A little bit of research into Psalm2 underscores the messianic context of Psalm2:7. This is a descriptive praise psalm that is also a royal psalm. Royal psalms were written for the reigning king of the house of David. They praise God in a general manner for His goodness through the exploits of the Davidic king. In some of these psalms, however, the exploits go well beyond what any Davidic king accomplished. Such fulfillment could only be found in the ultimate Son of David, the Messiah. In Him all of the expectations of the sons of David reach their culmination. In this sense Psalm2 is an indirectly messianic psalm (like Psalms45 and72) where the psalmist’s language far exceeds application to the present Davidic king.
This is why the New Testament writers demonstrate that the messianic expectations of Psalm2:7 were fulfilled in Jesus of Nazareth. At Jesus’ resurrection from the dead, He was finally and definitively appointed and installed into the messianic office. He was “begotten” as the Messiah. He was “declared the Son of God with power by the resurrection from the dead” (Rom.1:4, emphasis added). Psalm2:8, further, declares that Messiah is given a coronation gift: “Ask of Me, and I will surely give the nations as Thine inheritance, And the very ends of the earth as Thy possession.”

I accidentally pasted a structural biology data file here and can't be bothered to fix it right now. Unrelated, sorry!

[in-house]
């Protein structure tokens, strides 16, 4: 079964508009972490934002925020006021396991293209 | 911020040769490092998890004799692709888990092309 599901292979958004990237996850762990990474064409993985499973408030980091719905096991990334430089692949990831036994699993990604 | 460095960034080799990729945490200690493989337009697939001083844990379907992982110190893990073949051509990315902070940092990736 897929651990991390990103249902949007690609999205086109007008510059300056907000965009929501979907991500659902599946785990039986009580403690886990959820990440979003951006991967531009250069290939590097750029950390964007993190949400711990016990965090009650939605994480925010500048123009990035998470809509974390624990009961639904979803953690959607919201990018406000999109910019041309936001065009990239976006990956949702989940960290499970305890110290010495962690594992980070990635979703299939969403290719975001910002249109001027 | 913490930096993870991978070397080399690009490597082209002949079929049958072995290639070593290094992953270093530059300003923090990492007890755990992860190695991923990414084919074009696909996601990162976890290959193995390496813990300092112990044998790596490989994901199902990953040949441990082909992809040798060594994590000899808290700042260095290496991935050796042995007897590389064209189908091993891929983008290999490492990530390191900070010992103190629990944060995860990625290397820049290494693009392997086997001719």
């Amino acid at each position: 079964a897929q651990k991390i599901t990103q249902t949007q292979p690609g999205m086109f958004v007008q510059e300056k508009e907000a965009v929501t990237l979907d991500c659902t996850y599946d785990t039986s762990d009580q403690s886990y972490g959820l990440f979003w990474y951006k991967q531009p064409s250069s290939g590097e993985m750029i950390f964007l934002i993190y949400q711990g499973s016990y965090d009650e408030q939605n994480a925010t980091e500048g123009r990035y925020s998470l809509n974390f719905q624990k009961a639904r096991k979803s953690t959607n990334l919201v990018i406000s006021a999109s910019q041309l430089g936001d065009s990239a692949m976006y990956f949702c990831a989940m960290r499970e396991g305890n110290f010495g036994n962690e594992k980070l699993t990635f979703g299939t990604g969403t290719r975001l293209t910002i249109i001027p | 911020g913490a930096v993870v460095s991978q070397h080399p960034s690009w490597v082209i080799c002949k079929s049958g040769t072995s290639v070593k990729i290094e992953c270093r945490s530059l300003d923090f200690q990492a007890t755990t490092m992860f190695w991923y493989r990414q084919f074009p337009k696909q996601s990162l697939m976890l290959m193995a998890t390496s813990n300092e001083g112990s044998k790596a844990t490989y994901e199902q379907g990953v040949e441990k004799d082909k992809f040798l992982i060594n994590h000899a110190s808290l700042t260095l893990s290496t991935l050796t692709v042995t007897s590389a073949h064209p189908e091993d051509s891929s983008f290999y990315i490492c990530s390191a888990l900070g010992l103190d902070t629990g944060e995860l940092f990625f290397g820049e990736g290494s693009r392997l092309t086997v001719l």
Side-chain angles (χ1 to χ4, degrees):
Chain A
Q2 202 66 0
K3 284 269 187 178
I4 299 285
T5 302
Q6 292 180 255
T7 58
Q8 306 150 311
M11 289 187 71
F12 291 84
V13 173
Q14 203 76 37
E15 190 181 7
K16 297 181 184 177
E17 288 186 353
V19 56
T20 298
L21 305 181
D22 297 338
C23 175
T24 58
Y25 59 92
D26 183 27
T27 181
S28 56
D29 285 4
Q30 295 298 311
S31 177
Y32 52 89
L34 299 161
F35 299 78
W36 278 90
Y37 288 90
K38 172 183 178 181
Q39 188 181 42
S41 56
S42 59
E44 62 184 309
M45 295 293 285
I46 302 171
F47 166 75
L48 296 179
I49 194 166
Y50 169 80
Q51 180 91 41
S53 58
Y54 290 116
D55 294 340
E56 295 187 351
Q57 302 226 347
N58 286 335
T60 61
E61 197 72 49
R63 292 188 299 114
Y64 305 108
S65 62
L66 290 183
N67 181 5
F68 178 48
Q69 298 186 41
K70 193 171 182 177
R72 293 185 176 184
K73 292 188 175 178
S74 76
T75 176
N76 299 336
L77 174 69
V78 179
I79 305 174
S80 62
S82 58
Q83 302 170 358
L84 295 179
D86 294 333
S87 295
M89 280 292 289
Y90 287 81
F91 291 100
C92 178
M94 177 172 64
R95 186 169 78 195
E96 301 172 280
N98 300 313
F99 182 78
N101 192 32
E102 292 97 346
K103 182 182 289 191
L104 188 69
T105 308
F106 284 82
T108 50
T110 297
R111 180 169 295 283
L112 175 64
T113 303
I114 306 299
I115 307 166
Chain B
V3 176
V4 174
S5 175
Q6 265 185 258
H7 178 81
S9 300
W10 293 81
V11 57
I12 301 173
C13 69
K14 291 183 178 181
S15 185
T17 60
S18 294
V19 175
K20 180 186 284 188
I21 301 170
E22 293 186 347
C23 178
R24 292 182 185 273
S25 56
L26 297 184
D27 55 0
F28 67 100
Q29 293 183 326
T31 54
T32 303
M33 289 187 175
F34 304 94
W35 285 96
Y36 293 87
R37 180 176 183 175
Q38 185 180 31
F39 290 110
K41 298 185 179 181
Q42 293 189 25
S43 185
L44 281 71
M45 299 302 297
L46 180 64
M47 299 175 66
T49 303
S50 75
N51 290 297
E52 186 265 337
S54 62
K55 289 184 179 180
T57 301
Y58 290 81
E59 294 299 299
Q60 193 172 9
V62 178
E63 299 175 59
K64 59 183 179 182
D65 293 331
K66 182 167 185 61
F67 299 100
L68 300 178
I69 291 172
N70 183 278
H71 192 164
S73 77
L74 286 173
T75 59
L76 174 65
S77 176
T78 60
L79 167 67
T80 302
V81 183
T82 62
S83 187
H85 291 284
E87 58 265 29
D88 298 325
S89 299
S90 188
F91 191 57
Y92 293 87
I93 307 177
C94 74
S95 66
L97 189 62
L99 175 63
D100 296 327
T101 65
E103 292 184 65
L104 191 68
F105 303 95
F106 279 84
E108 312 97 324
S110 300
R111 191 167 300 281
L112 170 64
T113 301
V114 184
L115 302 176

Understanding the Bible’s emphasis on Messiah’s role in history not only helps us interpret passages about Jesus’ messianic identity, but also helps us understand Messiah Jesus’ present focus: “All authority has been given to Me in heaven and on earth. Go therefore and make disciples of all the nations” (Matt.28:18–19). The outworking of such practical hermeneutics is far reaching indeed.
— Walt Russell
1. All Scripture quotations are from the New American Standard Bible.